Ezio rode off in pursuit.
It was easier than catching the thief, this time. Ezio’s horse was better than the courier’s, and the man was no fighter. Ezio pulled him from the horse with ease. Ezio didn’t like to kill the man, but he couldn’t afford to let him go and raise the alarm. “Requiescat in pace,” he said softly, as he slit his throat. He put the letter, unopened, in his belt pouch and slapped the courier’s horse on its rear, hoping it would find its way back to its stable. He turned his own mount and made for the ruins of the Baths of Diocletian.
It was now almost pitch-dark, except for where the occasional torch guttered in a wall-mounted sconce. To reach the baths, Ezio had to cross a sizable stretch of wasteland, and halfway across, his horse reared and neighed in fear. But then a bloodcurdling sound came to his ears, like the howling of wolves. And yet not quite the same. Possibly worse. It sounded more like human voices imitating the animals. He spun his horse around in the dark.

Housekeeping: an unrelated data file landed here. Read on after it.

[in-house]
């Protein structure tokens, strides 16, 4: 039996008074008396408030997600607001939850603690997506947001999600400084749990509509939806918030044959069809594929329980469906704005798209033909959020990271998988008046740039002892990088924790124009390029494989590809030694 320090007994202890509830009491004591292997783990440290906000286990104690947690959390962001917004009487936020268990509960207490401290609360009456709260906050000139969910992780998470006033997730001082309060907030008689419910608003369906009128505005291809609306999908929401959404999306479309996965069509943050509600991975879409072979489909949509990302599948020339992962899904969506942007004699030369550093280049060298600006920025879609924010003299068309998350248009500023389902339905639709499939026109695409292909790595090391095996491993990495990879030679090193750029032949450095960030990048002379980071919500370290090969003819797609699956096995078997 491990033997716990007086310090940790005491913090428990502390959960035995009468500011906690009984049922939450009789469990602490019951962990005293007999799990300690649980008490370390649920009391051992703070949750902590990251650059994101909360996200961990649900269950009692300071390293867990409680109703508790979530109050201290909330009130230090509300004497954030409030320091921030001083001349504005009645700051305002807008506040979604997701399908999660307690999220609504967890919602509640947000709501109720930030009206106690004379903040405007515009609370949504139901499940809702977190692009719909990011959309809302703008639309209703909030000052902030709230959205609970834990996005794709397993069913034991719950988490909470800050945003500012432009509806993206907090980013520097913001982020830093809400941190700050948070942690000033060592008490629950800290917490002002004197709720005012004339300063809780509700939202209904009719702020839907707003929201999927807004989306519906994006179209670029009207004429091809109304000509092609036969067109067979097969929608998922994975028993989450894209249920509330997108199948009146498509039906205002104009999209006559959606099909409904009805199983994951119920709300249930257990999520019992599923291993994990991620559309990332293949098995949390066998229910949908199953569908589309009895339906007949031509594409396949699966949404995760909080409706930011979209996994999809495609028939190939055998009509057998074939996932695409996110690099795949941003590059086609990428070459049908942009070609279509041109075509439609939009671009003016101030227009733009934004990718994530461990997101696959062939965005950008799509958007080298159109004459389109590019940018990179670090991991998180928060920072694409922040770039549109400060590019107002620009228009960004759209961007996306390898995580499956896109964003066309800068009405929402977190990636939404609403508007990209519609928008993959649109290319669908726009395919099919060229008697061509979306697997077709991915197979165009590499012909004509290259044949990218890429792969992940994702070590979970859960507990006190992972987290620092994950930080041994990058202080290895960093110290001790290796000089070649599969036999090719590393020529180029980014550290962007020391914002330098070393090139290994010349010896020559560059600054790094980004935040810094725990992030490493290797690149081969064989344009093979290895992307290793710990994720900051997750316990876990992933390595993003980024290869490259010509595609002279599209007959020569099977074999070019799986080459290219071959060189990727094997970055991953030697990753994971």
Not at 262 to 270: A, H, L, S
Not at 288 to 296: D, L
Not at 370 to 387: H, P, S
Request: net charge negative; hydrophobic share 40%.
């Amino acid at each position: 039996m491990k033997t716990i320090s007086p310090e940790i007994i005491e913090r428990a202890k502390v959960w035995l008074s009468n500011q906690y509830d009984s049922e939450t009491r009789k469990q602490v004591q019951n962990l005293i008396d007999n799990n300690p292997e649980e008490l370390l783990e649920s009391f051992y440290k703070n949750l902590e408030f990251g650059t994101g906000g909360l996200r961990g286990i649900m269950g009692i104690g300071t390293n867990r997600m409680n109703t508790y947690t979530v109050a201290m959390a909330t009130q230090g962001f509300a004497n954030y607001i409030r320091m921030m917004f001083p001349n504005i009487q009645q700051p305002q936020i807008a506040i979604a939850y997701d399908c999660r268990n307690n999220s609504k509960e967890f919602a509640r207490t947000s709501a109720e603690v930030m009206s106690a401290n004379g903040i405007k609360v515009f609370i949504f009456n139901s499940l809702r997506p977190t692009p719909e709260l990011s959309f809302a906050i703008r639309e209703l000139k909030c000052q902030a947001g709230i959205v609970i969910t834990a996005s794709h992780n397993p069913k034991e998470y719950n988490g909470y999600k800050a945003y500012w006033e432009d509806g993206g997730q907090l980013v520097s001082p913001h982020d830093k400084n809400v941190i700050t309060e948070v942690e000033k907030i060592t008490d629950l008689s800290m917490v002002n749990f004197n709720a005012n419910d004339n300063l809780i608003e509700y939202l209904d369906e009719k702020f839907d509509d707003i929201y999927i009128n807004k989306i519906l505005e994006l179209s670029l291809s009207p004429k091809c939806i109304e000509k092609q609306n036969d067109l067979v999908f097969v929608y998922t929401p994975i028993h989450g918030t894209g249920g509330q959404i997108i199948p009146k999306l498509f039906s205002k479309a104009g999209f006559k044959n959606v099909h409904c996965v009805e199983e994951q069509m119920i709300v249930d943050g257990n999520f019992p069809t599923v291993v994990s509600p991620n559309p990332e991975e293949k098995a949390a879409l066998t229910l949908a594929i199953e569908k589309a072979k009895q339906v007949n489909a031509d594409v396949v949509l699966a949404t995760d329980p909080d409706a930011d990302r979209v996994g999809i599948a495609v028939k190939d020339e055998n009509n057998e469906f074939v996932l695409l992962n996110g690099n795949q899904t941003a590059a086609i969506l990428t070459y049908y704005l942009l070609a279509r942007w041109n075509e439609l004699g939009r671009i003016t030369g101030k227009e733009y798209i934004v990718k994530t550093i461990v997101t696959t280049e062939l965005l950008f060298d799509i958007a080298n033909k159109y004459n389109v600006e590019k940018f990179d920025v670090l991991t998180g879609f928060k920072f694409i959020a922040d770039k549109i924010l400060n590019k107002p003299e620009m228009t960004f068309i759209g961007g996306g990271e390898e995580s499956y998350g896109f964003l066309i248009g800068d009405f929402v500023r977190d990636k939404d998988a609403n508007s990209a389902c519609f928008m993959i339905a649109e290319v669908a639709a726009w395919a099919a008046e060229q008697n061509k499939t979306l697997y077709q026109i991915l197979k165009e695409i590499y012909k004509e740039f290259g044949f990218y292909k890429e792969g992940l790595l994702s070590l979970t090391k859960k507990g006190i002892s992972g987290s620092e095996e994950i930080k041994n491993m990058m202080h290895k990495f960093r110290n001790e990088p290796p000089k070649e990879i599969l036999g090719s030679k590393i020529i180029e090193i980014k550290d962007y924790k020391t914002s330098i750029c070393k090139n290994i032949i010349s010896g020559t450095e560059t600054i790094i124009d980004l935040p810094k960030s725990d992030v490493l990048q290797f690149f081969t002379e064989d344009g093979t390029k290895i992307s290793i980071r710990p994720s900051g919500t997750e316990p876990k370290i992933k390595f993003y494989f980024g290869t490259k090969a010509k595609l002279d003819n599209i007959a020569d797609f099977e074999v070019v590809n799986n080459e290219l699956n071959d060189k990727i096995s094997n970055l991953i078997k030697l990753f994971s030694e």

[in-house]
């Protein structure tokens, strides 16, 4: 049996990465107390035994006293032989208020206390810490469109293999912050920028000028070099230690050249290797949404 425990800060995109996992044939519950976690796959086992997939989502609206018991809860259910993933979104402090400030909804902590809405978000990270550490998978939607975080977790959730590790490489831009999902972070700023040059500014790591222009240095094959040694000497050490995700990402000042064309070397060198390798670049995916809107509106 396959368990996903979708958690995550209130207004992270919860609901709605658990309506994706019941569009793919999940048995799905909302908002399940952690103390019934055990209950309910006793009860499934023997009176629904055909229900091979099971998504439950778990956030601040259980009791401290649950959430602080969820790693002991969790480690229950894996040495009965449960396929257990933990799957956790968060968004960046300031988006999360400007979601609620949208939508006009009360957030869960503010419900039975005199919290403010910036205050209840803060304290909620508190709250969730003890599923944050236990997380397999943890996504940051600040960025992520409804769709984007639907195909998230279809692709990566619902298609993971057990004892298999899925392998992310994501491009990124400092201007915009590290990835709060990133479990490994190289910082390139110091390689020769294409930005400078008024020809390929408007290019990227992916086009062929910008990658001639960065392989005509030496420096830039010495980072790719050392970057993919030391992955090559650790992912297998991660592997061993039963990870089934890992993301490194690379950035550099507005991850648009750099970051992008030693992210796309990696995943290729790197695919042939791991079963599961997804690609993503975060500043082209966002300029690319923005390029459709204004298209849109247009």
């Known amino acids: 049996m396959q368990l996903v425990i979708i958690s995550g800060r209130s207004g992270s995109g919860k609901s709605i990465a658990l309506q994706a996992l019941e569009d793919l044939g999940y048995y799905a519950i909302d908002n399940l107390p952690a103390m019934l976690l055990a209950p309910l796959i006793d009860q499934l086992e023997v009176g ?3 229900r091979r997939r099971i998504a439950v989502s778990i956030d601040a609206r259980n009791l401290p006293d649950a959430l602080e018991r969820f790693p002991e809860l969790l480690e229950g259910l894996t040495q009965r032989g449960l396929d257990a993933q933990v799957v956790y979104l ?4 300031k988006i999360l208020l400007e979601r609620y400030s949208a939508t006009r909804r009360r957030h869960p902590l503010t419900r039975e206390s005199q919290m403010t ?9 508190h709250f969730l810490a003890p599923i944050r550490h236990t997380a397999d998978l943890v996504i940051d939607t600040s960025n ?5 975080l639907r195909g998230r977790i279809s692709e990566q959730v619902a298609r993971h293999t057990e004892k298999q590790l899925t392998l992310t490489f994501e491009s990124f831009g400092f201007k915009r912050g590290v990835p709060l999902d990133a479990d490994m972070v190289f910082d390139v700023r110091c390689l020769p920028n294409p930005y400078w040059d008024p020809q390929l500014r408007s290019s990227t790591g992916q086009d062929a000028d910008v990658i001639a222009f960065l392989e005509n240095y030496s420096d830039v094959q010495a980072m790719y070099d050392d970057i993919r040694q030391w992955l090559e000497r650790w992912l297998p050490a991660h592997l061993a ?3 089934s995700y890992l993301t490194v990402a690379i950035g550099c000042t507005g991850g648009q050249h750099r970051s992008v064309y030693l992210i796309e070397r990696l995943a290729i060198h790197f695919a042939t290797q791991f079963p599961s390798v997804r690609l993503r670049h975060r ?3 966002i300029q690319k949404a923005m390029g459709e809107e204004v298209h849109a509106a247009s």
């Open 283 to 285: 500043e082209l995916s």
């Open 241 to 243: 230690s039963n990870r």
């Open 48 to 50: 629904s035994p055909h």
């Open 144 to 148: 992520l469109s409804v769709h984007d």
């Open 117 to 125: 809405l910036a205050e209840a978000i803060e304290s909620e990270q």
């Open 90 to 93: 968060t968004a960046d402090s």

But he didn’t have much time to reflect on that as he reached the deserted baths. Machiavelli had not yet arrived—no doubt off again on one of his mysterious private missions in the city—but then—
From among the hillocks and tussocks of grass that had grown over remains of the ancient Roman city, figures appeared, surrounding him. Feral-looking humans, but hardly human in appearance at all. They stood upright, but they had long ears, snouts, claws, and tails, and they were covered in rough grey hair. Their eyes seemed to glint red. Ezio drew a sharp breath—what on earth were these devilish creatures? His eyes darted around the ruins—he was encircled by at least a dozen of these wolfmen. Ezio unsheathed his sword once more. This was not turning out to be the best of days.